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Found in another forum. Interesting but not convinced....(6 posts)

Found in another forum. Interesting but not convinced....Bruno S
Jan 13, 2002 7:14 PM
Excerpt from a recent article on why low intensity aerobics are so important in the base phase. The analogy of capillaries being like balloons is provocative. "Here's what you are trying to accomplish during Base. First, you will increase your residual fitness through strict progression of low intensity aerobic training. This will be accomplished by keeping your heartrates in a very narrow, low-pressure range through an eight week period. At the low pressures you will maintain during base, capillaries will push into new tissues; increasing the vascular network and thereby increasing the capacity to deliver oxygen to the muscles. These gains in vascular density proportionately affect VO2 max. Capillaries are extremely delicate physical entities, almost microscopic in size, at the end of the oxygen supply system. Like a balloon, a capillary will grow under low pressure, but will rupture under the stress of a high-pressure burst, ending its growth cycle and beginning a recovery cycle. That's why it is critical to remain at low pressure throughout the cycle and not interrupt the progress. Great gains in residual fitness can be made during this phase.
Me neither.Leisure
Jan 14, 2002 2:02 AM
Without empirical studies or references this could easily be read as a load of pseudoscience. If your capillaries burst everytime you pushed yourself at high-intensity none of us athletic-types would be alive. Or perhaps the balloon analogy is a bit too oversimplifying, and the exact mechanism for capillary growth is more obtuse.
re: Bursting capillariesguido
Jan 15, 2002 11:13 AM
That's a graphic way of putting it.

Do weightlifters burst their capillaries? Cycling trains the slow twitch muscle fibers, the long, endurance fibers. But really intense muscle contractions use the fast twitch fibers, the ones that get big in weightlifting. They'd be the ones bursting capillaries, wouldn't they?

Anyway, most roadies can't go out riding and not eventually hit a hill, and ya just gotta do whatever it takes to get up that hill. The heartrate is gonna go up, and the capillaries are gonna burst. Ya can't win.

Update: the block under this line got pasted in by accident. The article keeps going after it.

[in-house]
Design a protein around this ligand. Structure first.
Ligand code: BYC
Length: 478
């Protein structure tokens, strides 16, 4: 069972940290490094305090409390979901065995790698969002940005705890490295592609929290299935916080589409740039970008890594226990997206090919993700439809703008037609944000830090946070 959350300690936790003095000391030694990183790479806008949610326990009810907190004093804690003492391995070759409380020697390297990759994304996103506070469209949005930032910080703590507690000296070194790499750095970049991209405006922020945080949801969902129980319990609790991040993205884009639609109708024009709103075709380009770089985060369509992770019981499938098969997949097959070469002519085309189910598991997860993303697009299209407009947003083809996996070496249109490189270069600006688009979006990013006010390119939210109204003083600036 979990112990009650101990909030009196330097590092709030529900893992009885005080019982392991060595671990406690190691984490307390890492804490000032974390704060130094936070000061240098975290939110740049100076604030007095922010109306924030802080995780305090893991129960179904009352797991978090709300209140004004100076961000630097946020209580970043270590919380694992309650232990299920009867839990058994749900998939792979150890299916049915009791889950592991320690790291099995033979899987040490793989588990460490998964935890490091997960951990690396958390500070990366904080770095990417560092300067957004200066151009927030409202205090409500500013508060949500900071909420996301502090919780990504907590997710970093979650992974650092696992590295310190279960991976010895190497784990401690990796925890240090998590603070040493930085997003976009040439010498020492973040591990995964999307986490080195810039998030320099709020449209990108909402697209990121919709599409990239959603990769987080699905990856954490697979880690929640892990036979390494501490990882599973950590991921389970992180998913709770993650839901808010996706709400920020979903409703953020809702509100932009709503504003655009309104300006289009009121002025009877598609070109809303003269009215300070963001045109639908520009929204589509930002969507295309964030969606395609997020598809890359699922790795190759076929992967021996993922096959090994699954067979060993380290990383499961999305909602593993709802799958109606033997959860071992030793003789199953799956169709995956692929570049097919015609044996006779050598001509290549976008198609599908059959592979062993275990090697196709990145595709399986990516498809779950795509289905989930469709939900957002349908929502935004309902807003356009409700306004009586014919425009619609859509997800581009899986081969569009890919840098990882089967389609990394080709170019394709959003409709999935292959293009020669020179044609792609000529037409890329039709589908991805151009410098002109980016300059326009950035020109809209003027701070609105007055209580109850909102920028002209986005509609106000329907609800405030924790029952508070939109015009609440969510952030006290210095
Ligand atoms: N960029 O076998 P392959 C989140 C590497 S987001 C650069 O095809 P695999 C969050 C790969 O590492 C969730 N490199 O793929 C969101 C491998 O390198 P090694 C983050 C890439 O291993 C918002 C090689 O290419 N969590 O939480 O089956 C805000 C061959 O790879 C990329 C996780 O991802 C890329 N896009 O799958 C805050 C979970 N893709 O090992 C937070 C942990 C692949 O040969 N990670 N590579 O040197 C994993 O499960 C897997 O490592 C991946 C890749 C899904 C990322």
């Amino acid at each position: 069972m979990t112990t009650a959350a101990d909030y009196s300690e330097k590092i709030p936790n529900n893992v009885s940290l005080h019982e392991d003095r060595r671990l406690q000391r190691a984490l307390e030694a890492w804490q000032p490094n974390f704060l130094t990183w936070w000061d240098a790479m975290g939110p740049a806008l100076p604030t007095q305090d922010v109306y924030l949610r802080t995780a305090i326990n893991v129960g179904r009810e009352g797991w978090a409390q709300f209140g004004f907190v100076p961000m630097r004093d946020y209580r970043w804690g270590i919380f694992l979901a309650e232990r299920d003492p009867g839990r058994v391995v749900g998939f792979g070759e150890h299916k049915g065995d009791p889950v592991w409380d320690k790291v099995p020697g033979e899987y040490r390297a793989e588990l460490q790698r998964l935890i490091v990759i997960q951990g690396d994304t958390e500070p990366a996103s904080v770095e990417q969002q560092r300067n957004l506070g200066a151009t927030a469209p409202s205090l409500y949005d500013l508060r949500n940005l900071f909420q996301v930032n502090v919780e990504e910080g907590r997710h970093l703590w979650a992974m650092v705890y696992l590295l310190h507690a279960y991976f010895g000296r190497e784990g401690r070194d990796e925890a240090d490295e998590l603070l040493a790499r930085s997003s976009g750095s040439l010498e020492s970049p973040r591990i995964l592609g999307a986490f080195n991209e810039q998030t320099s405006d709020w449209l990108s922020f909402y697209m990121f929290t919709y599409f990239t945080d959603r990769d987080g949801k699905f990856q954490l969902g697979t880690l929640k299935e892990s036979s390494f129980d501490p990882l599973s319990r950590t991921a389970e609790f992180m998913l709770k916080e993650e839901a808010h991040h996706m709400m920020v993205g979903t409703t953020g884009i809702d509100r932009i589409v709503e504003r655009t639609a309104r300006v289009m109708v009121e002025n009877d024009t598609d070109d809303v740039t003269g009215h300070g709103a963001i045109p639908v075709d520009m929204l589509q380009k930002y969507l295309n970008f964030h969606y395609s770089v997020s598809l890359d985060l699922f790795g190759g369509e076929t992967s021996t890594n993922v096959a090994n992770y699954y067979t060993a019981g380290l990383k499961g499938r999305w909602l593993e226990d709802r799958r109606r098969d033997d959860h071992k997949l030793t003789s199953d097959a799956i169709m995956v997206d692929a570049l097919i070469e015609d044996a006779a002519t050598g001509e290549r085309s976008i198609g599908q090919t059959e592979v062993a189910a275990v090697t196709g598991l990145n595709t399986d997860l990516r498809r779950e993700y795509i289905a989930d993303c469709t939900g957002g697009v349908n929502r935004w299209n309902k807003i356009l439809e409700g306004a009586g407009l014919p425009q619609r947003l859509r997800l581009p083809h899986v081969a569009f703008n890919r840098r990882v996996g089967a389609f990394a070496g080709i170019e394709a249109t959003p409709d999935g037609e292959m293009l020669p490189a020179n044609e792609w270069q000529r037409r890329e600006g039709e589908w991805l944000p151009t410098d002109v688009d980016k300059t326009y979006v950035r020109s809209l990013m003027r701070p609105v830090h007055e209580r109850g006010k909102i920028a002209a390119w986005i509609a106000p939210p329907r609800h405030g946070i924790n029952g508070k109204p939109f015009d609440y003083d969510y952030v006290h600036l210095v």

interestingDog
Jan 15, 2002 3:03 PM
My coach has restricted my to sub 148 bpm (187 max, 168 AT) for the last 3 months.

I've read that another coach similarly restricted his riders, and stated that "even one sprint during base training could ruin all the base training."

That sounded really stupid to me, and I assumed the coach said that just for emphasis, and so the riders would not disobey.

But, if there is something to this, I'd like to know for certain. Anyone?

Dog
Top secret info. Only for coaches?Bruno S
Jan 15, 2002 9:50 PM
I found the post (under the title "Building A Solid Base") here:

http://www.trainingbible.com/elboardo/

I have been keeping an eye but not even Mr. Friel has replied. Its strange since as a members only board all topics are answered by the moderators.
updateDog
Jan 16, 2002 7:01 AM
Building a Solid Base - 1/11/2002 - BRK
Message Text:
Excerpt from a recent article on why low intensity aerobics are so important in the base phase. The analogy of capillaries being like balloons is provocative. "Here's what you are trying to accomplish during Base. First, you will increase your residual fitness through strict progression of low intensity aerobic training. This will be accomplished by keeping your heartrates in a very narrow, low-pressure range through an eight week period. At the low pressures you will maintain during base, capillaries will push into new tissues; increasing the vascular network and thereby increasing the capacity to deliver oxygen to the muscles. These gains in vascular density proportionately affect VO2 max. Capillaries are extremely delicate physical entities, almost microscopic in size, at the end of the oxygen supply system. Like a balloon, a capillary will grow under low pressure, but will rupture under the stress of a high-pressure burst, ending its growth cycle and beginning a recovery cycle. That's why it is critical to remain at low pressure throughout the cycle and not interrupt the progress. Great gains in residual fitness can be made during this phase.
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TB.com - Any Comments? - 1/15/2002 - BRK
Message Text:
Appreciate any feedback or validation on this theory that newly devoloping capillaries can be ruptured during early growth phase.
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Re: TB.com - Any Comments? - 1/16/2002 - Joe Friel
Message Text:
Interesting theory. Needs evidence.